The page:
At the end of January, back when the pandemic had yet to become a pandemic, I took the bold step of ranking Mookie Betts No. 1 on my way-too-early list of next winter's top free agents.
Oh, what an innocent time it was.
Less than three months later, the context for my free-agent rankings has completely changed. It was written under the assumption that baseball would begin as usual, giving players such as DJ LeMahieu (No. 5), Trevor Bauer (No. 3) and George Springer (No. 2) the chance to boost their value in a contract year. Now we don't know if there will be any baseball this year.
Let's highlight the five upcoming free agents who have the most to lose from a drastically shortened or canceled 2020 season.
5. Yoenis Céspesdes, OF, New York Mets
Through one lens, Céspedes has perhaps the most to lose from a canceled season. The Mets outfielder will be 35 in October, and this season may have been his last chance to earn a major league contract going forward. He missed all of last year and has played in 119 games total since signing a four-year, $110 million deal with the Mets after the 2016 season.
It’s safe to say Céspedes's prospects to cash in this winter probably weren’t too high to begin with, even if the season went on as normal. If his recent injury history isn't enough of a red flag for teams, the bizarre incident last year with a wild boar that left him with a fractured ankle probably limits his shot at a favorable contract.
4. Marcus Semien, SS, Oakland Athletics
Semien had all the momentum entering his contract year. He finished third in AL MVP voting last season after playing all 162 games, hitting 33 home runs with a 138 OPS+ and posting 8.9 WAR—more than every other player except Alex Bregman and Cody Bellinger. There are few things more valuable in the sport than an elite shortstop.
The problem for Semien is his breakout season was so much better than anything we’ve seen from him before. Last year was the first time Semien was even an average big-league hitter (100 OPS+). How do you prove you're no fluke? By putting up the same numbers again. Now he may not have that chance before free agency.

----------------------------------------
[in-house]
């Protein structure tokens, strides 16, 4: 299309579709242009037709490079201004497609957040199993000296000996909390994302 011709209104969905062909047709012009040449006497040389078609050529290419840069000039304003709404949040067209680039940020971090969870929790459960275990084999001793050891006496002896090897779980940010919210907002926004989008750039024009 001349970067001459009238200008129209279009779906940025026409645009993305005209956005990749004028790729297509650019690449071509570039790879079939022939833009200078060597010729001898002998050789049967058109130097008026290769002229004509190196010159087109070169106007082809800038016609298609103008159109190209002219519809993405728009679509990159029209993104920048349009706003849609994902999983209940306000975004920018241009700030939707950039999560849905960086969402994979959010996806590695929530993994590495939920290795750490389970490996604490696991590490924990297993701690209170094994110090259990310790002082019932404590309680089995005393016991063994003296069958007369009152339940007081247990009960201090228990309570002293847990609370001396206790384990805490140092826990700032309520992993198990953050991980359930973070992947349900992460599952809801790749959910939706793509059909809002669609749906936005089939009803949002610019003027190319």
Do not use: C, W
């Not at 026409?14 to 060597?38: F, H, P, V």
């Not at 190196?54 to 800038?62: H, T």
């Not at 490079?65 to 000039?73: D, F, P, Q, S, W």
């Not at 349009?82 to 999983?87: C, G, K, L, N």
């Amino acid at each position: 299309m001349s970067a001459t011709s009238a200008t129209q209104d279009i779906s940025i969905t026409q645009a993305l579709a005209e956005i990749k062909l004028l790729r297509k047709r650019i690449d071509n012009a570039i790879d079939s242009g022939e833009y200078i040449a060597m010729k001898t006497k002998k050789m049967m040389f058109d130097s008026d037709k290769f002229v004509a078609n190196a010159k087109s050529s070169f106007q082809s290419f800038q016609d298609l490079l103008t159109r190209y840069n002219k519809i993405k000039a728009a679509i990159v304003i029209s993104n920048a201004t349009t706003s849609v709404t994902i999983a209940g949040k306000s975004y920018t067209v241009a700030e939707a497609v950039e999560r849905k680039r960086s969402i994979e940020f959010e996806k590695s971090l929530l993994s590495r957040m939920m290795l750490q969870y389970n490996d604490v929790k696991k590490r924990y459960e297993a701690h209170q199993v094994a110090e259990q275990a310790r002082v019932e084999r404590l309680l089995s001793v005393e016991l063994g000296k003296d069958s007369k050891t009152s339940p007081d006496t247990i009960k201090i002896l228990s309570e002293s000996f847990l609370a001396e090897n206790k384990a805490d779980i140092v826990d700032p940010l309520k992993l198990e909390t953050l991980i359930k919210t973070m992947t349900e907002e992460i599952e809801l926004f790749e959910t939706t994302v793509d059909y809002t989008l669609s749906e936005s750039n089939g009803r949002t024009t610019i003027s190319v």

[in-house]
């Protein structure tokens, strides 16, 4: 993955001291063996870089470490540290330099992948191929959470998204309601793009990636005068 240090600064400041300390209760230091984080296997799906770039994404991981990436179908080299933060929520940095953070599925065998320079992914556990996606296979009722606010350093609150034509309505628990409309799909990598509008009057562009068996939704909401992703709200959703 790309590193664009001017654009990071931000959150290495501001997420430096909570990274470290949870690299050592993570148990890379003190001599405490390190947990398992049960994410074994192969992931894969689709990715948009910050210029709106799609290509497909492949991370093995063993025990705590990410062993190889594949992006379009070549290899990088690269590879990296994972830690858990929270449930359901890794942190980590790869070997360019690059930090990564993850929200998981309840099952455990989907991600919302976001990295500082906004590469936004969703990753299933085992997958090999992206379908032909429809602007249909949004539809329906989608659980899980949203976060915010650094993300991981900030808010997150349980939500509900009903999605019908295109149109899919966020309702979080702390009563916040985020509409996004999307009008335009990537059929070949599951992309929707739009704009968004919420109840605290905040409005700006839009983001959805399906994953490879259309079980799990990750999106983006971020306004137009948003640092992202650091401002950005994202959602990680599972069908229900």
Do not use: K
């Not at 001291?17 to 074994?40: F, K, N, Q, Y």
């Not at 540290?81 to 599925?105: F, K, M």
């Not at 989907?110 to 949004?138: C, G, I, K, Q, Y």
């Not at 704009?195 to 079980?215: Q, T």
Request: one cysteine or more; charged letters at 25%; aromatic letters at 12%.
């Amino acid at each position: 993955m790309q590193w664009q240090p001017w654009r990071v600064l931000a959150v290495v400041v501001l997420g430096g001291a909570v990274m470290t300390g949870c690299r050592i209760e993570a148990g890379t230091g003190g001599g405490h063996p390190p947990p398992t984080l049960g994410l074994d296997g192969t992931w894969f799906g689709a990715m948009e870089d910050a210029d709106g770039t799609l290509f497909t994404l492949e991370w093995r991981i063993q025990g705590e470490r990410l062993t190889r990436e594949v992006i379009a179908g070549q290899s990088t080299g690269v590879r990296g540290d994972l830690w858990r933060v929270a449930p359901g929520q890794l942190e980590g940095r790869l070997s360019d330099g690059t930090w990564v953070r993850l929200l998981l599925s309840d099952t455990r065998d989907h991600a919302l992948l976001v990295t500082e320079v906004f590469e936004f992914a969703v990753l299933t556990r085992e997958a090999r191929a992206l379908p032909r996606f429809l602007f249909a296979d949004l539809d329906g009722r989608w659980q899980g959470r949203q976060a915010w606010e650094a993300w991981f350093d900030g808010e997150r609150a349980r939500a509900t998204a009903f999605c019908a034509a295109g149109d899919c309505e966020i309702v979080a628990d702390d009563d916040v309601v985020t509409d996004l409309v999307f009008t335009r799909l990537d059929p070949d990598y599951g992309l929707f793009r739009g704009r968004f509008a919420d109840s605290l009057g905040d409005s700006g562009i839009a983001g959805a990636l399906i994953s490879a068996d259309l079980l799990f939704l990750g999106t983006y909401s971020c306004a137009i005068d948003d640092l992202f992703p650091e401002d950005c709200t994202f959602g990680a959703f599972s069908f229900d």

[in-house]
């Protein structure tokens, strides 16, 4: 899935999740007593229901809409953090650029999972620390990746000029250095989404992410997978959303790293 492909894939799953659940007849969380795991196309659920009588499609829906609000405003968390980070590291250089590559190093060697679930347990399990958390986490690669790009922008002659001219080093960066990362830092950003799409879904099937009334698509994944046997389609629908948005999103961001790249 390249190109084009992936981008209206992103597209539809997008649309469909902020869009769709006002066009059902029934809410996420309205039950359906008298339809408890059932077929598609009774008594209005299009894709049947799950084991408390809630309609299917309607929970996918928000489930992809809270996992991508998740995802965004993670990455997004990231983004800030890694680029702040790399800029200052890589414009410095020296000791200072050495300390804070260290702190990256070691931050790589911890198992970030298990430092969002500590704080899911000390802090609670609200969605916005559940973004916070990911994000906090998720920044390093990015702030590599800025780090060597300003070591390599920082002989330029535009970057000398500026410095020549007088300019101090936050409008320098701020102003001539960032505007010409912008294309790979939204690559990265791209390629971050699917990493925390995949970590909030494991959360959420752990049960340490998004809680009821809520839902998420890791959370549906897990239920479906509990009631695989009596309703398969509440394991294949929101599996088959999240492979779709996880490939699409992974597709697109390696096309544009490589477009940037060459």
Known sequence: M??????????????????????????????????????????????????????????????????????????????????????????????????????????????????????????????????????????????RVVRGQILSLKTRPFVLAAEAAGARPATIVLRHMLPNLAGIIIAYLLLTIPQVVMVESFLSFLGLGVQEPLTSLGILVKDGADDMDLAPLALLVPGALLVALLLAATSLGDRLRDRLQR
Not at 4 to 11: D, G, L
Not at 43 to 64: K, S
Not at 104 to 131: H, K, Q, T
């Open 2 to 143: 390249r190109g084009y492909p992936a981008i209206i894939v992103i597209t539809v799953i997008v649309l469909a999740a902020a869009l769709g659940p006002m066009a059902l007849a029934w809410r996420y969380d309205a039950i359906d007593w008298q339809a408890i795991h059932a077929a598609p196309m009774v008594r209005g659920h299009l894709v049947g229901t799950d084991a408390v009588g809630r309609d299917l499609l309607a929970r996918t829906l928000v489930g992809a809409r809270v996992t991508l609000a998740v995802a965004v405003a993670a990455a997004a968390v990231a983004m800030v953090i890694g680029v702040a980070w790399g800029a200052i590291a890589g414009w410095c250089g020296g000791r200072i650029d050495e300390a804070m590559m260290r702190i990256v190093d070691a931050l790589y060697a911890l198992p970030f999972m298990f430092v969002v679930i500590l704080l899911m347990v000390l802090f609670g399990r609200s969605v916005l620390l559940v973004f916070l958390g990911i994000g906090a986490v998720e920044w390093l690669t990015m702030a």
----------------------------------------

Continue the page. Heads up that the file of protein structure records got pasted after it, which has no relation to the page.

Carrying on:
3. Didi Gregorius, SS, Philadelphia Phillies
Gregorius had unfortunate timing in his free agent debut. He was destined for a substantial payday after back-to-back strong seasons in 2017-18. But his value diminished after receiving Tommy John surgery in late ‘18 and missing half of last season in his recovery.
That led to the shortstop signing a one-year, $14 million deal with the Phillies, betting on himself to produce a strong season before hitting free agency at age 30. Now, unless baseball returns this year and Sir Didi proves he’s the same player he was in ‘17 and ‘18, he may have to settle for a similar one-year deal once again.
2. Trevor Bauer, SP, Cincinnati Reds
Speaking of one-year deals, Bauer has said these are the only contracts he wants to sign. The righthander's rationale is that he’ll make more on expensive, short-term deals as teams won’t have to worry about the risks that come with signing pitchers to lengthy contracts.
This strategy only works, however, if teams value one year of Bauer as much as he thinks they do. His 4.48 ERA over 213 innings last season didn't exactly boost his stock. His per-nine rate stats (hits, walks, strikeouts and home runs) all moved in the wrong direction from 2017 to 2018. His eccentricities have been well documented over the years, and it's not impossible to think that could dissuade some teams from being interested in him.
If the most recent memory clubs have of Bauer is his dreadful stint with the Reds (6.39 ERA over 56 1/3 innings) at the end of last year, it could cost him millions.
1. George Springer, OF, Houston Astros
The questions of how much Springer benefitted from the Astros’ sign-stealing operation likely won’t go away. This year was his chance to reaffirm his accomplishments before entering free agency, and a shortened season gives him even less time to do that. If there’s no baseball at all this year, those doubts will follow him into the offseason.
Durability has also been an issue for Springer. Even if teams aren’t worried about the legitimacy of his offensive production, they’d still have to consider the risks of investing in a 31-year-old outfielder with an injury history. Springer has missed at least 20 games in each of the last three seasons. The 122 games he played in ‘19 are his fewest since ‘15.
I wrote this past January: “Staying healthy in 2020 will be almost as important for Springer’s free-agent value as his offensive production.” He can’t ease either of those concerns if there is no baseball this year.